It has earned the nickname “white petroleum,” and thanks to its use in electric vehicles and smartphones, it is one of the few raw materials climbing in price in an otherwise broad commodities slump. In the Chinese market, lithium prices have more than tripled since the beginning of 2015, as hard-to-mine supplies fall short of demand.
The price of the feedstock—lithium carbonate equivalent—has shot up to as high as $20,000 a ton from $6,000 a ton at the beginning of 2015, said Anthony Tse, managing director of Galaxy Resources Ltd., a lithium-focused resources company, with assets spanning Australia, China, Canada and Argentina.
Lithium is the key material used in lithium-ion batteries needed to run everything from electric vehicles to iPads. Unlike other commodities, it doesn’t have a spot market and isn’t traded on any exchange. Prices are negotiated individually through contracts between buyers and sellers.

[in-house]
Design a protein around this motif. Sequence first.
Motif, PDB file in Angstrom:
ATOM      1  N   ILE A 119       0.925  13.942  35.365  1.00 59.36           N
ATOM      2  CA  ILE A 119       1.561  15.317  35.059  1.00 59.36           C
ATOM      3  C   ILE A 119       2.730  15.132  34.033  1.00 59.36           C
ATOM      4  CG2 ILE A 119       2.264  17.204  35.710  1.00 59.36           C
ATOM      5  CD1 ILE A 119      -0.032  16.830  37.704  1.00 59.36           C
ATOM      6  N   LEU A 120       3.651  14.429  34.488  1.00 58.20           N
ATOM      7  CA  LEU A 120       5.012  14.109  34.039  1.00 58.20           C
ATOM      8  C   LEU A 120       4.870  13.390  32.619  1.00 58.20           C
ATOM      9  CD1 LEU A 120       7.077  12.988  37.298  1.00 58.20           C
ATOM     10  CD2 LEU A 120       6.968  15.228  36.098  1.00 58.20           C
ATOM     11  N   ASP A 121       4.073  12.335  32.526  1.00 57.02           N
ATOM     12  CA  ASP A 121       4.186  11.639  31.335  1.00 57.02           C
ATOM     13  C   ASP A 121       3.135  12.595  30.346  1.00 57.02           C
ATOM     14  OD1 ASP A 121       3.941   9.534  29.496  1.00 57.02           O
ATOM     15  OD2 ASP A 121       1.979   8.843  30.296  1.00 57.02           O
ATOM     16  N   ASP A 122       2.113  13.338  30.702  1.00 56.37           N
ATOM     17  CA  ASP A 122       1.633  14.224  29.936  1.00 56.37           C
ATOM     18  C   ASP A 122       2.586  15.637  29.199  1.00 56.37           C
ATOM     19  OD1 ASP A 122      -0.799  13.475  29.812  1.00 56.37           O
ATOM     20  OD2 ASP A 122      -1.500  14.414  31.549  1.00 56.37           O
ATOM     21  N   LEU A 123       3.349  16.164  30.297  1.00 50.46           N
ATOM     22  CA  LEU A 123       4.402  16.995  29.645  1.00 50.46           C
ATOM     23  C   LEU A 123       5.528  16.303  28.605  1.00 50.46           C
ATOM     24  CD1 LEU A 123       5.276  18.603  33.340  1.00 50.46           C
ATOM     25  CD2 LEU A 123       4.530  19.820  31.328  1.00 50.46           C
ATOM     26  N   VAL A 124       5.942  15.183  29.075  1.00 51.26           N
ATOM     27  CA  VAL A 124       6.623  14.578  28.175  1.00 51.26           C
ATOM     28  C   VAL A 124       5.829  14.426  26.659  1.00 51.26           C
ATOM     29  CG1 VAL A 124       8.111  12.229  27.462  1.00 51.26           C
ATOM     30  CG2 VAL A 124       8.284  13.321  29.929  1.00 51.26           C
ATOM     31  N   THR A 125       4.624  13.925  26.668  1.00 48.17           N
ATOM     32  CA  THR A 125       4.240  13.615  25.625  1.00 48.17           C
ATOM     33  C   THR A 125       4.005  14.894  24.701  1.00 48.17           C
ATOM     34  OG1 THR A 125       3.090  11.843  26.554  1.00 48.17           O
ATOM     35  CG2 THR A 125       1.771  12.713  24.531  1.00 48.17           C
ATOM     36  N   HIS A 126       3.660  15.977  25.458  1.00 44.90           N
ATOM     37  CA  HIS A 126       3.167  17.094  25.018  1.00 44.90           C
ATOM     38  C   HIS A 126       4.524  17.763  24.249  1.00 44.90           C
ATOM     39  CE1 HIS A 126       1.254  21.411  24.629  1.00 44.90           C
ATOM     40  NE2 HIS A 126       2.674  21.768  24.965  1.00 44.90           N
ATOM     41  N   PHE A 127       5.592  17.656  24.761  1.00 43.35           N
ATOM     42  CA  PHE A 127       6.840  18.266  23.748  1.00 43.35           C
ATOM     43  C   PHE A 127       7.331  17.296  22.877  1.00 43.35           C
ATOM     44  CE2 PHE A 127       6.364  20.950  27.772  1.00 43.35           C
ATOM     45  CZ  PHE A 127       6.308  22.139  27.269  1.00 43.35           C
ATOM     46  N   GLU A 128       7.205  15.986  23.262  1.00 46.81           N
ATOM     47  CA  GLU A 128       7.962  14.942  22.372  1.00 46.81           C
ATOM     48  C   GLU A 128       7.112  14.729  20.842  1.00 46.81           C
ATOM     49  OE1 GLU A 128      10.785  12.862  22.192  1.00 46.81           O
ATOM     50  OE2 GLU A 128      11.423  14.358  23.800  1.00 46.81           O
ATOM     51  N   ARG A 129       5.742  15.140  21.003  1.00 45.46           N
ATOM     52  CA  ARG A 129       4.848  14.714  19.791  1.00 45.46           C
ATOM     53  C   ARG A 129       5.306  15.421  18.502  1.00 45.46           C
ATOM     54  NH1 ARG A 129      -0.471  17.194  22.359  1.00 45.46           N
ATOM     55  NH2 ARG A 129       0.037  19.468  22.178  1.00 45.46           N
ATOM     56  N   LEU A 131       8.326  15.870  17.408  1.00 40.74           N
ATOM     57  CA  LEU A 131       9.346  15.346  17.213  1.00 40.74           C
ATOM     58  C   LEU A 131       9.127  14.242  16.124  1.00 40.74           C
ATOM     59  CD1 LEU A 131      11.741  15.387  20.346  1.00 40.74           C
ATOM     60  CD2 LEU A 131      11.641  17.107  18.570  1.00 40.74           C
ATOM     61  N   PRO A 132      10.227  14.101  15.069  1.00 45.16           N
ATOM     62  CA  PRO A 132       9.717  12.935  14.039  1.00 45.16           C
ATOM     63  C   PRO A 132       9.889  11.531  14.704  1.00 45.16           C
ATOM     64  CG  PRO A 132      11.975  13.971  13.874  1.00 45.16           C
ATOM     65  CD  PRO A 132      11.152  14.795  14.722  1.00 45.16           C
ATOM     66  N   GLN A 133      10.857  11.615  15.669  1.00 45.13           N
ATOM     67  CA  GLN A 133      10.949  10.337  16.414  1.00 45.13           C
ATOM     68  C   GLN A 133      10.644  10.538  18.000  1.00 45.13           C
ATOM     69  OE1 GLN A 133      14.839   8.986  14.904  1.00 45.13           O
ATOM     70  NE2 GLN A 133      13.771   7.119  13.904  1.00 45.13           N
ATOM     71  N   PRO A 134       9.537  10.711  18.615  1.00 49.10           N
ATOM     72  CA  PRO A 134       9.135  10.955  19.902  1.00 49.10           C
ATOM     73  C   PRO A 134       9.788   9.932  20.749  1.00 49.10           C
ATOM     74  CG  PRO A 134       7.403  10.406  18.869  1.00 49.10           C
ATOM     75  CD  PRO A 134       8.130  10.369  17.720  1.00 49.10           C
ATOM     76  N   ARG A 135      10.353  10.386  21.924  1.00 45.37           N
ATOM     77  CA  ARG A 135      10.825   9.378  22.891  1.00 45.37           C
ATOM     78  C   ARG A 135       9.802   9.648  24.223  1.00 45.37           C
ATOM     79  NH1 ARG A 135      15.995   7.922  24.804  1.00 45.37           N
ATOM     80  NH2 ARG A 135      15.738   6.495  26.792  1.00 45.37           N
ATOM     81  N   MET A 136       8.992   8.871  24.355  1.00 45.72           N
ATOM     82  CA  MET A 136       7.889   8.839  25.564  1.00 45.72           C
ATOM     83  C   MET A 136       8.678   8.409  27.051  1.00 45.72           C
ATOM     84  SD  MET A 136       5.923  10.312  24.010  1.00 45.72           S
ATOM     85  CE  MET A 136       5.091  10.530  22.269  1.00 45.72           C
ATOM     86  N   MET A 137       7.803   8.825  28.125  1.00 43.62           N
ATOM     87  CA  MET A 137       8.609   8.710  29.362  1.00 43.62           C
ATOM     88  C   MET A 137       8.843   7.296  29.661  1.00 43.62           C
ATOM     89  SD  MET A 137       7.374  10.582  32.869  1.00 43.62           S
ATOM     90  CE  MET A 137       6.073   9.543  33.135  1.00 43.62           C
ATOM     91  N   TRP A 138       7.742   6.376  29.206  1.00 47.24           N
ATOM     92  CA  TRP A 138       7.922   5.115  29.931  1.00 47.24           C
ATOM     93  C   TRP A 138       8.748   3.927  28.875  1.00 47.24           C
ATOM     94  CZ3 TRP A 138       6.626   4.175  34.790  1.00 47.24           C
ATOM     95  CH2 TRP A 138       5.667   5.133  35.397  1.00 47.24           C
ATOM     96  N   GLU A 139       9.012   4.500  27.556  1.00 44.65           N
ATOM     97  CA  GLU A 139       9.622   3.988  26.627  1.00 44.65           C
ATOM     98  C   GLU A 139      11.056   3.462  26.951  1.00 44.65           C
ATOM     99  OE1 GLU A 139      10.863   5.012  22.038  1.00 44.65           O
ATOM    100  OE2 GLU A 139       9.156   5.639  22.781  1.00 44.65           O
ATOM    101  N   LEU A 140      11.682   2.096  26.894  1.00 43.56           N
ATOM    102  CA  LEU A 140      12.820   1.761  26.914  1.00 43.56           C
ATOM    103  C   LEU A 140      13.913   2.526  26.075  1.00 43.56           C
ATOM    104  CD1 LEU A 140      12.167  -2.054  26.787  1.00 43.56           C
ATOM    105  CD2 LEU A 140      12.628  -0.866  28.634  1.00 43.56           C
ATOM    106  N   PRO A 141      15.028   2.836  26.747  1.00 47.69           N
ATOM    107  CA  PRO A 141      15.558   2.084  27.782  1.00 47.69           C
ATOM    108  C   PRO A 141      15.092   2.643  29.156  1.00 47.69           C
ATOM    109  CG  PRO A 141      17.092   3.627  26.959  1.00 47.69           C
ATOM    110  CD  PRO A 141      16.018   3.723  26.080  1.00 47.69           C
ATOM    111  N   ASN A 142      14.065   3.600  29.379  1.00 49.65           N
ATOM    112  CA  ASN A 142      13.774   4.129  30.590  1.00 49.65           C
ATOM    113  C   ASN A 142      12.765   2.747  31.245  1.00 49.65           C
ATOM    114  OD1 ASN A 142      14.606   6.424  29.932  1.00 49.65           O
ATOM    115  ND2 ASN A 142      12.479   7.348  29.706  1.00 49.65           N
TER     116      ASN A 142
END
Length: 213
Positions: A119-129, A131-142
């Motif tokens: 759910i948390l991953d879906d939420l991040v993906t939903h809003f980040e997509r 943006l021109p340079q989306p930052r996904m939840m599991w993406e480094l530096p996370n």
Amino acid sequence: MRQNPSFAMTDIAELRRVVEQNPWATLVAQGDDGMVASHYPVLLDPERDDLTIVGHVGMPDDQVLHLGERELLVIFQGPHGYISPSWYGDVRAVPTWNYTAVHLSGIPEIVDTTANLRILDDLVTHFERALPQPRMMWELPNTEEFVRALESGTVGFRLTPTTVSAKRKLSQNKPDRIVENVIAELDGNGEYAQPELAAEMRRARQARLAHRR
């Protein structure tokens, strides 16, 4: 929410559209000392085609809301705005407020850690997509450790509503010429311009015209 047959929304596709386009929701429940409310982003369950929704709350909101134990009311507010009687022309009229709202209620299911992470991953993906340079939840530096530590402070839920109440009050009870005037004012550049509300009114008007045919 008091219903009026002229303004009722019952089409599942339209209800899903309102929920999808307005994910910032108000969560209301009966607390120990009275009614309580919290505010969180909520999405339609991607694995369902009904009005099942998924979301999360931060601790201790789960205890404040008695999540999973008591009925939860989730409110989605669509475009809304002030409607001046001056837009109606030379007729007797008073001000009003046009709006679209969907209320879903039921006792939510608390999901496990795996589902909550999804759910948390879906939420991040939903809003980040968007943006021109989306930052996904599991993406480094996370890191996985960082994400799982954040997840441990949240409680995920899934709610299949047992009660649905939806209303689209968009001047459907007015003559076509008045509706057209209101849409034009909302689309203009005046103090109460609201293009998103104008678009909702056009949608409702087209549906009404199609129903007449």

“The lithium market is short [on supplies] in the near term. Demand is increasing rapidly on the back of planned and actual electric vehicles, not just in China but also in [the] U.S., over the next five years,” said Ben Cleary, portfolio manager at Tribeca Global Natural Resources Fund.
Electric vehicles are grabbing a larger share of auto sales every year. That means total lithium demand will increase 500% from 2015 to 2020, Mr. Cleary predicts.A report from Goldman Sachs said lithium demand could triple by 2025 to 570,000 tons from 2015 levels, driven principally by battery applications. China and the rest of Asia are fueling the demand.
For the rest of this article, click here: http://www.wsj.com/articles/how-lithium-defied-the-global-commodities-rout-1462450790